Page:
Monday, August 25, 2008

Cheap And Green

August 25 2008

Saving money and the environment at the same time. What could be better? Here are some ways to be green while saving some green.

Let There Be Light
Changing out all of the standard light bulbs in your house to Compact Fluorescent Lights will definitely save you money. Just doing this simple task can save you 30% or more on your electric bill. These will also last 10X longer than traditional bulbs. (Yes, you might find a dud or two out there.) When the bulbs do burn out, do not throw them in the garbage as they contain Mercury. You can take them to any Home Depot store and they will safely dispose of them for free.

These bulbs do not have to cost you a lot of money either. Your local power company may offer coupons or discount sources for bulbs. Shop around, in my area there is a local drugstore chain that periodically puts these bulbs on sale for about 35 cents each.

If you can't find a good deal in your area consider shopping online. I have several lights in my home that are on dimmer switches that I needed dimmable CFL bulbs for. My local hardware store was charging $12 per bulb for these. I thought I was going to be sick. I got over it though, when I found a source on ebay and paid $2 each including shipping costs.

Is Your Refrigerator Running?
Okay, I learned this one the hard way. I had an old fridge - say maybe circa 1985 - and it did it's job, so why would I waste money on a new one? Because it turned out this thing was using huge amounts of electricity. I didn't realize this until after it finally died and was replaced by one with an energy star rating. My electric bill went down 50%. With the savings the new fridge would pay for itself in less than two years. Keep this in mind for other appliances as well.
Also check with your local power company as they may offer a rebate for buying an energy star appliance. Another good source to check for these rebates and possible tax credits is .

Clean Green
No more paper towels. I bought a bag of cloth rags and keep them under the sink so I can just grab one to wipe up a spill or just for general cleanup. To clean them I just throw the rags in the wash.

I no longer waste money on toxic cleaning products. I use vinegar, baking soda and maybe a little lemon here and there. There are tons of tips for cleaning with vinegar here . I also alternate using vinegar or baking soda in my laundry. (Never mix vinegar with bleach as it may have a chemical reaction.) These are not only great for cleaning but also act as natural fabric softeners so I no longer need chemical saturated dryer sheets. As an added bonus using vinegar or baking soda in High Efficiency (HE) washers eliminate that "smell" that develops from water collecting in the door seal.

Also for laundry try using cold or at least warm water instead of hot and line or hang dry your clothes instead of using your dryer.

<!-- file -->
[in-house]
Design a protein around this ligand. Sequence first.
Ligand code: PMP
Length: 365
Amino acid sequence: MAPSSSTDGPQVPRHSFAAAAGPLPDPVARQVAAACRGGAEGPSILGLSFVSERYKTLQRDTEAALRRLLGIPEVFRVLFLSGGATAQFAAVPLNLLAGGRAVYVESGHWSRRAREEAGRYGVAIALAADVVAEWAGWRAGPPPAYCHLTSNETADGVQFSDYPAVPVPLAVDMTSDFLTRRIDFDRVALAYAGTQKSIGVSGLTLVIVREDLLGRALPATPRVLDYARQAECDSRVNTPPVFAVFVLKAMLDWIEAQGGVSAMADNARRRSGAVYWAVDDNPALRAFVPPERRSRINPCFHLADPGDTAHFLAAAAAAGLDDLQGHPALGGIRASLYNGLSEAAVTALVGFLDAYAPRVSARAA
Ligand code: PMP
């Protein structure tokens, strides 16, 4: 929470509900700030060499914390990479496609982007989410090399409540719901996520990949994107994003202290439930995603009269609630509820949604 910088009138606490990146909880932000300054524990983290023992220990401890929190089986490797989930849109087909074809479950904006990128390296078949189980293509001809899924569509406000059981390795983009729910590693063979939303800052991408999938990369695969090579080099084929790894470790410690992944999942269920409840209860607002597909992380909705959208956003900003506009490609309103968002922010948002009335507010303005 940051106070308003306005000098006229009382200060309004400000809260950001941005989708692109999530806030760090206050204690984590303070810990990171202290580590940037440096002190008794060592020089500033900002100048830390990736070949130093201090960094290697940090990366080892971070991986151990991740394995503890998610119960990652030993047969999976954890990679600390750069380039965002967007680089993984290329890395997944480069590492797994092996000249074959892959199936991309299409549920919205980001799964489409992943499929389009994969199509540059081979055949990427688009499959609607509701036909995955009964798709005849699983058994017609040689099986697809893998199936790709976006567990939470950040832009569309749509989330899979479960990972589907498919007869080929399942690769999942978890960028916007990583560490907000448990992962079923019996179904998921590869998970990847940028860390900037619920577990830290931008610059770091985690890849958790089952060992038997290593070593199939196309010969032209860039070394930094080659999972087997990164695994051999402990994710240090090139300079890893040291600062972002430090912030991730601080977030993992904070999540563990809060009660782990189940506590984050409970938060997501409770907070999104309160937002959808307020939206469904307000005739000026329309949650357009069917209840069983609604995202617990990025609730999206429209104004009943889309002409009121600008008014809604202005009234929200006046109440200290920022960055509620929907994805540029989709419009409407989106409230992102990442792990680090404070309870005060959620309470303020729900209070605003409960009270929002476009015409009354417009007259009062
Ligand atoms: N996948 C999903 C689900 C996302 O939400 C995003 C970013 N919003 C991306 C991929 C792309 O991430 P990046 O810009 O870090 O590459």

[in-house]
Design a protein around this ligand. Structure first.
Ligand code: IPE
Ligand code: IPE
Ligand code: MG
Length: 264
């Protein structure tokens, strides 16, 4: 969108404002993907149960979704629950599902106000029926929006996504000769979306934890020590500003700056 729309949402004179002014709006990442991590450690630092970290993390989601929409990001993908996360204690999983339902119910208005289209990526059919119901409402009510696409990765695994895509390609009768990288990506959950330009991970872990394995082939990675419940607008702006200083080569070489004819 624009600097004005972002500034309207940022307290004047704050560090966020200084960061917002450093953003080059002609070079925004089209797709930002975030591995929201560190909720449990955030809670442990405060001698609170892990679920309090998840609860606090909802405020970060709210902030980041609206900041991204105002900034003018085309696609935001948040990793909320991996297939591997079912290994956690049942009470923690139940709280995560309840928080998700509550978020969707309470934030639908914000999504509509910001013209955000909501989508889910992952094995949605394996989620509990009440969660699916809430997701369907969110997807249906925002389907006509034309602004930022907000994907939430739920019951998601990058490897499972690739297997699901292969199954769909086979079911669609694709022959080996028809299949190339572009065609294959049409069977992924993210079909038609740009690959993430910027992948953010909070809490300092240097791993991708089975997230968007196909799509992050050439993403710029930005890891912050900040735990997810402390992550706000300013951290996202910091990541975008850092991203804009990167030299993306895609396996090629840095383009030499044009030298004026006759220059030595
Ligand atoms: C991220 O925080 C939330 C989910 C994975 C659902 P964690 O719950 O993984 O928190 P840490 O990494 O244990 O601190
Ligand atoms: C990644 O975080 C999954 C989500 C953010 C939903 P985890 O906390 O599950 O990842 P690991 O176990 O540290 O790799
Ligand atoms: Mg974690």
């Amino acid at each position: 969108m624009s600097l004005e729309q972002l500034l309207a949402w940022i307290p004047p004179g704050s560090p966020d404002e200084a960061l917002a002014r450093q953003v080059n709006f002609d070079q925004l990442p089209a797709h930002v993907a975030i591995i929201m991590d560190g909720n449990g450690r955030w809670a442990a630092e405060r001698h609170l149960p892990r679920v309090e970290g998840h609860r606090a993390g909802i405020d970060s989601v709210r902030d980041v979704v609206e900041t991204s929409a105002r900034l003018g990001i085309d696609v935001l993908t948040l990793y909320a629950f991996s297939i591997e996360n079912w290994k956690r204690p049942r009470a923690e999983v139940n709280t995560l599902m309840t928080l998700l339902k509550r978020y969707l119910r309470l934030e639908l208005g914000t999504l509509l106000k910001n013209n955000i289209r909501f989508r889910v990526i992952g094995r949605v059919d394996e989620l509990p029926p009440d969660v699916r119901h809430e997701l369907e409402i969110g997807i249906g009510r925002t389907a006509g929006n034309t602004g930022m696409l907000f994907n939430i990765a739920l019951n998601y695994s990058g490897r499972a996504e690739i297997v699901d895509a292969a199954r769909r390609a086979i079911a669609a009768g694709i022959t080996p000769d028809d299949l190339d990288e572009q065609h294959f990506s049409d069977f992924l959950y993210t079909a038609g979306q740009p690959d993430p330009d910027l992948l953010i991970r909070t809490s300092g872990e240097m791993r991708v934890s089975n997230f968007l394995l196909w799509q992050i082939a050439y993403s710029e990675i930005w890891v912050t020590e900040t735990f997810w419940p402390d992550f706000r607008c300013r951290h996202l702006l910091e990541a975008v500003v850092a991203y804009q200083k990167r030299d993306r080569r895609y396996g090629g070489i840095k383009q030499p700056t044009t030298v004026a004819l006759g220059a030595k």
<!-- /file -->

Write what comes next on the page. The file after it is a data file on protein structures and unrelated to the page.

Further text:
Garbage? What Garbage?
It was a real eye opener when my local garbage company added food waste recycling to their program. We already had regular recycling and yard waste recycling, but it wasn't until we started recycling our food scraps that the light bulb in my head finally lit up. It not only made me more conscious of how much food was being thrown away, but I realized my garbage now consisted of only one thing: plastic.

Our recycling program does recycle a lot of plastics, but not plastic bags because they get caught in the equipment the company uses. So I'm trying to stop using plastics. I had already quit using plastic water bottles and installed a water filter. If I want to take water with me, I fill up my stainless steel travel mug. I do not drink out of plastic. I've actually been trying to avoid plastics for quite some time because of the health risks from the chemicals released. If you are not aware of this you might want to look into it. The internet is full of information on this subject, one such site is .
Aaannnyyyway! Back to the garbage topic. So where was I? Oh yes, my garbage is now all plastic. Okay, so this all got me thinking it was possible to not have any garbage if I could stop using plastic completely, or at least recycle it in some way. That's when I found out a new hot trend is making stuff from "plarn" or plastic yarn made from plastic bags. Research this - it's pretty cool. So maybe I can give away my plastic.

It also occurred to me that I could compost my food and yard waste and make my own fertilizer from it. This is actually what our garbage company does, we put our food scraps in with our yard waste and it is then sold to a company that turns it into fertilizer. I've also thought about getting a worm bin for this. I haven't figured it all out yet, but it's high on the "things to do someday" list.

So it's very possible to stop using garbage service all together.

- Live cheap and green - Cheap Cindy


judy ross said...

the plastic bags in the grocery store that you put produce in: you get too many of them gathering up, but how to substitute? i've found that a double layer tulle bag (tulle is a thin, nylon net, cheap) works beautifully. it doesn't weigh muchof anything and the checkers can see through it to see what produce is inside.

Cheap Cindy said...

Thanks - great idea!